As far as what we would call pixel pitch — 10 mm, 13 mm, 15 mm — a lot of that is going to be driven by the size of the display. These days, you want to get as close to native HD as you possibly can. The Tampa Bay Rays just upgraded an old outfield display from a 23-mm to our 15HD product. [We met] with them during the installation, [and] they’re now worried that auxiliary display is going to look better than their main display that they upgraded three or four years ago. It’s driving as many pixels as you can into a specific space [while also considering], one, what you’re going to use it for and, two, what will the budget allow. I wouldn’t say there’s [one] product that we’re installing, because, again, we’re installing 10 mm, we’re installing our 13HD, we’re installing our 15HD, all driven by size and budget.
Are you seeing any trends in the actual design of the video displays? Are teams looking at more unusual designs, like Dodger Stadium’s hexagonal boards, or is it still desirable to have the biggest board in your division or league?
I don’t think you see it as much in baseball as you do in some of the other sports. The trend is always, and I think will continue to be, this one-upmanship, or who’s got the biggest, I want to be a little bit bigger. For those of us in the business, scoreboard envy is not a bad thing. [However,] baseball is so stats-driven, and the information that you want out there [you have to] get into some of these unique designs. I don’t think it’s anything that the architects have looked at and said, we need to do something different and we want somebody to come in and say I saw that scoreboard [in] this ballpark. I think we see that on the arena side indoors more than we do outdoors. It [is] a matter of, can it be too overwhelming? I think so, but I don’t think, in baseball, it’s gotten to the point of too big yet.
What we always look for, and we challenge our guys on, is where we can find unique applications for the product. We don’t make 50 different products to put into a stadium; we make one. With our costs coming down year after year, pixel pitch getting tighter and tighter, and the ability to use it in more locations that, to me, is a trend that I think we’ll continue to see more and more [and] we’re just touching the surface on right now. Displays can’t get too much bigger because, in baseball, I think it then becomes a distraction to the player. So I would say the biggest trend that we would highlight is this tighter pixel pitch inside the clubs. How do you enhance that premium space because, as we know, that’s the revenue generator for the [clubs], and giving them the ability to help drive that revenue and drive the patron to those areas, I think, we’ll see more and more.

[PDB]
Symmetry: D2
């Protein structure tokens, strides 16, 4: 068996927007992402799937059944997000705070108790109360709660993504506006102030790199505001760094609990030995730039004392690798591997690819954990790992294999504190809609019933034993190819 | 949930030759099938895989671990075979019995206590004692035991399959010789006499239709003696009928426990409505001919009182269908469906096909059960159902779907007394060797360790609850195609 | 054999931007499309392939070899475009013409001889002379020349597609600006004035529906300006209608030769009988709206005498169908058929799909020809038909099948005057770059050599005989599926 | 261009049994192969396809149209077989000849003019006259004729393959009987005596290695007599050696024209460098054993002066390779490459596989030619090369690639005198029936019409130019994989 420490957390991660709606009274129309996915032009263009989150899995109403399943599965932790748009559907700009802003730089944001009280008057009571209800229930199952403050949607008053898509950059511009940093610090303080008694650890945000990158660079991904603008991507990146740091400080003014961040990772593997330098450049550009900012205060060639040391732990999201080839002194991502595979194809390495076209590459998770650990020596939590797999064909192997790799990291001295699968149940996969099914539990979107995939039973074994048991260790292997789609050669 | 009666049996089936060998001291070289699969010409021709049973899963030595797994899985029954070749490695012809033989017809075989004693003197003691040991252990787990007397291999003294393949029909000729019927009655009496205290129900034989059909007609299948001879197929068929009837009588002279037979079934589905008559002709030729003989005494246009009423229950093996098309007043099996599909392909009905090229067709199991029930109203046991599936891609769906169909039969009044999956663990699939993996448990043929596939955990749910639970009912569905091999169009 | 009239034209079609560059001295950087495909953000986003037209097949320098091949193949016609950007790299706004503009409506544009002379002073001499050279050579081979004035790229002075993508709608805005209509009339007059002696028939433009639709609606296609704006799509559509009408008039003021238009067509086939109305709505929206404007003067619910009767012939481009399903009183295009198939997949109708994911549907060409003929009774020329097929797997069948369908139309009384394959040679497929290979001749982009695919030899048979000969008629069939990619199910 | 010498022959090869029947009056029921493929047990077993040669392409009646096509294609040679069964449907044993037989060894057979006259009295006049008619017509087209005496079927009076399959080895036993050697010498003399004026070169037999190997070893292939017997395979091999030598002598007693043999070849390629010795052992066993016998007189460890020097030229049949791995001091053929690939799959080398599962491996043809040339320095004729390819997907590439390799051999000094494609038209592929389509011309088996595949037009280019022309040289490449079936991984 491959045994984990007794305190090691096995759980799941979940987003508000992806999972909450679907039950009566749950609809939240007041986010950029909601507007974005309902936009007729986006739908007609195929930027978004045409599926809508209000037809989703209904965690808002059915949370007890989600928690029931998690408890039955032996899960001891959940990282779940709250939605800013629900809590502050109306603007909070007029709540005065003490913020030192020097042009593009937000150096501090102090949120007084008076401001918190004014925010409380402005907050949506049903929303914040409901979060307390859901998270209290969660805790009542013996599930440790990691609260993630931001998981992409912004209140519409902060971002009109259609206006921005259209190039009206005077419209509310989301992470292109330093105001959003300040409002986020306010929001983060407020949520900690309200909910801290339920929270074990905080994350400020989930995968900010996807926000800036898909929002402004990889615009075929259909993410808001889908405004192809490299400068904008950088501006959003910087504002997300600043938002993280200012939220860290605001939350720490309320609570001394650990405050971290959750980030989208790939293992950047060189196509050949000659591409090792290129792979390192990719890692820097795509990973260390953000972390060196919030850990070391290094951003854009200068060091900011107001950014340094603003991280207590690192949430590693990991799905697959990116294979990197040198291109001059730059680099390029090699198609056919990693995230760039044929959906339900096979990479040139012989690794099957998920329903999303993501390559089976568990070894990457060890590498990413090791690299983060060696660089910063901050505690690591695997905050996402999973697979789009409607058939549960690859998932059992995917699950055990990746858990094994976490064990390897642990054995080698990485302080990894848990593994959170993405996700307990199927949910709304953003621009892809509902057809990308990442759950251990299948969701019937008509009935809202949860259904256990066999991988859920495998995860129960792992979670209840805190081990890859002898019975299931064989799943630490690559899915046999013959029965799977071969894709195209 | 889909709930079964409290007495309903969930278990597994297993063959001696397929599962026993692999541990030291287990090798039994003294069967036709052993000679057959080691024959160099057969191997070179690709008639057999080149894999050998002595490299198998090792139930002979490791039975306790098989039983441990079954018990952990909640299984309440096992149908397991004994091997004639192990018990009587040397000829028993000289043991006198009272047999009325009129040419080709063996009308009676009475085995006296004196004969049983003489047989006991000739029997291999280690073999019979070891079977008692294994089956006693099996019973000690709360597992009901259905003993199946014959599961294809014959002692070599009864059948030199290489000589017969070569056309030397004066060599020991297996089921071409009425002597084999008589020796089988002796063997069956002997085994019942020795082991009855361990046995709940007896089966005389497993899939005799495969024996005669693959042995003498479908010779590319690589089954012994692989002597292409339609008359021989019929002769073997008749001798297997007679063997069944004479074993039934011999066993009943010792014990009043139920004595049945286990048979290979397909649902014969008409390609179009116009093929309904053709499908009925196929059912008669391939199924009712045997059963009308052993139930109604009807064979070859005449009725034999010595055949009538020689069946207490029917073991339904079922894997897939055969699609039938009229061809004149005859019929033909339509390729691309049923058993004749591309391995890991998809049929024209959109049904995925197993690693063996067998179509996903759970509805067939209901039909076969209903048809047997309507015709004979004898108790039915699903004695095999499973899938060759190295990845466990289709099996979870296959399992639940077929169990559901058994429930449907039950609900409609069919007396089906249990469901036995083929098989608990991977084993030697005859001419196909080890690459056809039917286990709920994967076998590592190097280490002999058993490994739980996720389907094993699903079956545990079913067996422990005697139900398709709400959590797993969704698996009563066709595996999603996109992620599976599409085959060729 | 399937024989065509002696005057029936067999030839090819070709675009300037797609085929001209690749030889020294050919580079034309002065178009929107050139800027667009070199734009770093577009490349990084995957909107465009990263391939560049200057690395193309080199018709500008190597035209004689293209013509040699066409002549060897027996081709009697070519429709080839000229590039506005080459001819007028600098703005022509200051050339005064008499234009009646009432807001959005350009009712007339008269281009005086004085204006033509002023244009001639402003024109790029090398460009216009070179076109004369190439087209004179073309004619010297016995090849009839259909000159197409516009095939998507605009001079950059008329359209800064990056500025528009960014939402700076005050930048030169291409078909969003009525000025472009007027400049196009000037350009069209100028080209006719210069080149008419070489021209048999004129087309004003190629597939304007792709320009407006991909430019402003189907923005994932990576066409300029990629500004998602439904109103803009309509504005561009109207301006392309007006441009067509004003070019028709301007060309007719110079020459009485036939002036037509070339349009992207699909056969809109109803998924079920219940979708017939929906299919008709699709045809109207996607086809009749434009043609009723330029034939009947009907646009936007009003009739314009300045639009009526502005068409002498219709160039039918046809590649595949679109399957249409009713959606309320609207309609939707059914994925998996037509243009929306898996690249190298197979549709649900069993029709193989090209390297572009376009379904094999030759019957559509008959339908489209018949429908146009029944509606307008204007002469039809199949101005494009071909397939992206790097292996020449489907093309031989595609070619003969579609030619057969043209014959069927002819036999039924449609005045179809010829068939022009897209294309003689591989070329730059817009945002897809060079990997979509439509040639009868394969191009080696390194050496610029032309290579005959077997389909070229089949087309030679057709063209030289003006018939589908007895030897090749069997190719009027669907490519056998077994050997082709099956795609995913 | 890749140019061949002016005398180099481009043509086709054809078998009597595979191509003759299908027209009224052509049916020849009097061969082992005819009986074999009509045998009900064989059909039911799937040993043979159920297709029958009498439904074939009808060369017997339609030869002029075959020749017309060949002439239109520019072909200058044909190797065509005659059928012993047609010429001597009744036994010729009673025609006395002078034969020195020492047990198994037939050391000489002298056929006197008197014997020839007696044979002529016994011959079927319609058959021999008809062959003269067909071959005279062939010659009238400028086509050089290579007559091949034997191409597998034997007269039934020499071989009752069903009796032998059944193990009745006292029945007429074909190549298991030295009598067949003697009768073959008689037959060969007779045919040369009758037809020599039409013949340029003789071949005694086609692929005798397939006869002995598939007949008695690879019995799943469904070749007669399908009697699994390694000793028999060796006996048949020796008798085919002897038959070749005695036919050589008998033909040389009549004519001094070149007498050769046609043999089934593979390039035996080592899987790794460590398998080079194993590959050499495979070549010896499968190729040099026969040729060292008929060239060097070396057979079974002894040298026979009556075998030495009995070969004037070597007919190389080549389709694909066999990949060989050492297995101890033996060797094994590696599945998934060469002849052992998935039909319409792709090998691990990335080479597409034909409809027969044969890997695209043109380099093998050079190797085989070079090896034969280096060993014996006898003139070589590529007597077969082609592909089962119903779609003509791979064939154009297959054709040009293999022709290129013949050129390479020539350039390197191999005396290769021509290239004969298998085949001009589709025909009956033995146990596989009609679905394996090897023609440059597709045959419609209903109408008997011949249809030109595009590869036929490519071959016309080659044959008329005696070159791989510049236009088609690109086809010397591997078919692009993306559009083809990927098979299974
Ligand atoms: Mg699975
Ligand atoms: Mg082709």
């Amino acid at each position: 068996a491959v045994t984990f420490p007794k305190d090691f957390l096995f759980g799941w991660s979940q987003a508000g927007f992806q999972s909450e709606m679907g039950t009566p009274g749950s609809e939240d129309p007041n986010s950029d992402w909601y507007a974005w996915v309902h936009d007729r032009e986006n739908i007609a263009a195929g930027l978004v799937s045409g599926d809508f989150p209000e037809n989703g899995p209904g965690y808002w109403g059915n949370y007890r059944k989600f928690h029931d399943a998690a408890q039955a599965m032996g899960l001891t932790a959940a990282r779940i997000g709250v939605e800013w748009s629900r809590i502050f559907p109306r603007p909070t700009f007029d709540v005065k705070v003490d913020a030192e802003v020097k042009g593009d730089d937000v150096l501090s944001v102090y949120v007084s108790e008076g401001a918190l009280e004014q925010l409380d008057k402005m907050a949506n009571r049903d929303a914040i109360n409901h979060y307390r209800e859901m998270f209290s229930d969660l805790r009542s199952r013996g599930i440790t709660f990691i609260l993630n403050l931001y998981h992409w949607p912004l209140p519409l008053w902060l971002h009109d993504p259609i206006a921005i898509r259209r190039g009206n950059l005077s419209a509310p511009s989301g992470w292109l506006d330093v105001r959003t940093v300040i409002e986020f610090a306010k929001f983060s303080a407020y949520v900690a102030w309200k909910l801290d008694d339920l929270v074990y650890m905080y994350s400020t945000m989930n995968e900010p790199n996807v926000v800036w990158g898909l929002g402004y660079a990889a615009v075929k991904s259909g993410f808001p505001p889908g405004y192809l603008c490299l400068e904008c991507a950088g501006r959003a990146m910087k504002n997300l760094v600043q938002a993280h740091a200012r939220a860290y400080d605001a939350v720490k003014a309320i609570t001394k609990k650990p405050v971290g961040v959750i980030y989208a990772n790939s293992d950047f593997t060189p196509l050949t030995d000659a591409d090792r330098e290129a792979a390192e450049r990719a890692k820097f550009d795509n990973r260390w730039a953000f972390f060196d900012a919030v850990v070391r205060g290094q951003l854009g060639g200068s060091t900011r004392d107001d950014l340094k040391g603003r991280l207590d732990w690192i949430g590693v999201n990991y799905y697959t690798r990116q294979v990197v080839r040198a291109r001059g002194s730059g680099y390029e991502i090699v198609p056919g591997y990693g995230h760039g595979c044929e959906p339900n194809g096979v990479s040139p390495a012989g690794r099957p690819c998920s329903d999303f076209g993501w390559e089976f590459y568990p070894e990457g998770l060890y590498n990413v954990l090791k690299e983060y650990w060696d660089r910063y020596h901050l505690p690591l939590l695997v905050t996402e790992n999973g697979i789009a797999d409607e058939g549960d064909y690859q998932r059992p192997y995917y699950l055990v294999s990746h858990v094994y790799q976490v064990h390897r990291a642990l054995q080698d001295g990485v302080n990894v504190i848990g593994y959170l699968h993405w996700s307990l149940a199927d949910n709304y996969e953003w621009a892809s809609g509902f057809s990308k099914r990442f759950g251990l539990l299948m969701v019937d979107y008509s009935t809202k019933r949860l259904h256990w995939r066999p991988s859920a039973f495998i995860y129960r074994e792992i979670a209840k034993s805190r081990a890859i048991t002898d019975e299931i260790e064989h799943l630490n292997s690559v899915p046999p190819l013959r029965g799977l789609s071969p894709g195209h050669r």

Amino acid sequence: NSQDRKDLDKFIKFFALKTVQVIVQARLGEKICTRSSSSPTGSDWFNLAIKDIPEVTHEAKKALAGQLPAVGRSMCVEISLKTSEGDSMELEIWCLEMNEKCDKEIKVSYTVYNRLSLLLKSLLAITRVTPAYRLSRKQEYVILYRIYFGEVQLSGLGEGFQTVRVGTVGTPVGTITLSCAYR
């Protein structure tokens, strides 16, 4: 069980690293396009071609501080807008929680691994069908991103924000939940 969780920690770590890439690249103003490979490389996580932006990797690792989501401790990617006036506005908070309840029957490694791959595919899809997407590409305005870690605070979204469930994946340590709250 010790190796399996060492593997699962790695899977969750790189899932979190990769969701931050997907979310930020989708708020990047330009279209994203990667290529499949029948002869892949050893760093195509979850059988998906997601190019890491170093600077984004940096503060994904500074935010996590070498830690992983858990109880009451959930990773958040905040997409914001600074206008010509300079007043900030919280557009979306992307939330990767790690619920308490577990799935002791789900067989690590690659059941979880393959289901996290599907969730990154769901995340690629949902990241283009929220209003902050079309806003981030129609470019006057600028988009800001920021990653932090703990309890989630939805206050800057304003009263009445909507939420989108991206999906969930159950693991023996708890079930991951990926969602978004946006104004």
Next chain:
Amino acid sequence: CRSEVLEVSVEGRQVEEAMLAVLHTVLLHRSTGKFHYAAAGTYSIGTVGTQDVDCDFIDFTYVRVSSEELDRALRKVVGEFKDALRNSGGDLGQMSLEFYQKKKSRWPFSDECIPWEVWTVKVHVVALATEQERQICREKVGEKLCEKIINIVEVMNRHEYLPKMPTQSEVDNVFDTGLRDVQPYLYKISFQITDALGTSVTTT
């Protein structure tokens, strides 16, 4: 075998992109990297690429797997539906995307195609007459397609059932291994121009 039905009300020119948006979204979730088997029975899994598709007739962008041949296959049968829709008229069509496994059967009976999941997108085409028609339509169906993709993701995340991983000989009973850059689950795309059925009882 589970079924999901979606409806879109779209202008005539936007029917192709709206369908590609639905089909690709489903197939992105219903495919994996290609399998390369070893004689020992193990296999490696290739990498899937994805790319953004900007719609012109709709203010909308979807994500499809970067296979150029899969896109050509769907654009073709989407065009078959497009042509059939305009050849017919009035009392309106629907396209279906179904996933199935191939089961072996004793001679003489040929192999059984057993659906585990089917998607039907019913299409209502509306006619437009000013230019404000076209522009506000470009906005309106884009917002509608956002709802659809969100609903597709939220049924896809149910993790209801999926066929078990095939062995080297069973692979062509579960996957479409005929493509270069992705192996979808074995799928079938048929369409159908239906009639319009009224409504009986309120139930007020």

It’s no surprise that video plays a key role in the fan experience at a game, but, from what you’ve seen, how do these evolutions in video-display technology enhance the overall fan experience?
When I was a kid and I used to go to Dodger games with my Grandpa, he used to sit in the stands with his scorebook, and he would score every pitch. I sat there thinking, this is not something that I ever want to do. I just like going to the game. As [I] get older, I remember back to that. My son now, he doesn’t watch the game; he watches the displays. …
It goes back to the old saying of what can I get in the stadium that I can’t get sitting on my couch? And, for somebody like me, I get the afternoon or evening with my 11-year-old son in a situation that he’s going to remember forever, because we don’t live by the stadium. It’s not something that we get to go to all the time. He loves to play baseball, but for him to sit and watch it on TV isn’t very exciting. With everything that’s going on in the stadium and the ability to feed fans all the information they want to see, it really gives you that experience that you can’t get sitting on your couch. It’s the outside, the crack of the bat, and all of those things that really make a baseball game fun to be at, while giving you the information that [you would get on] TV.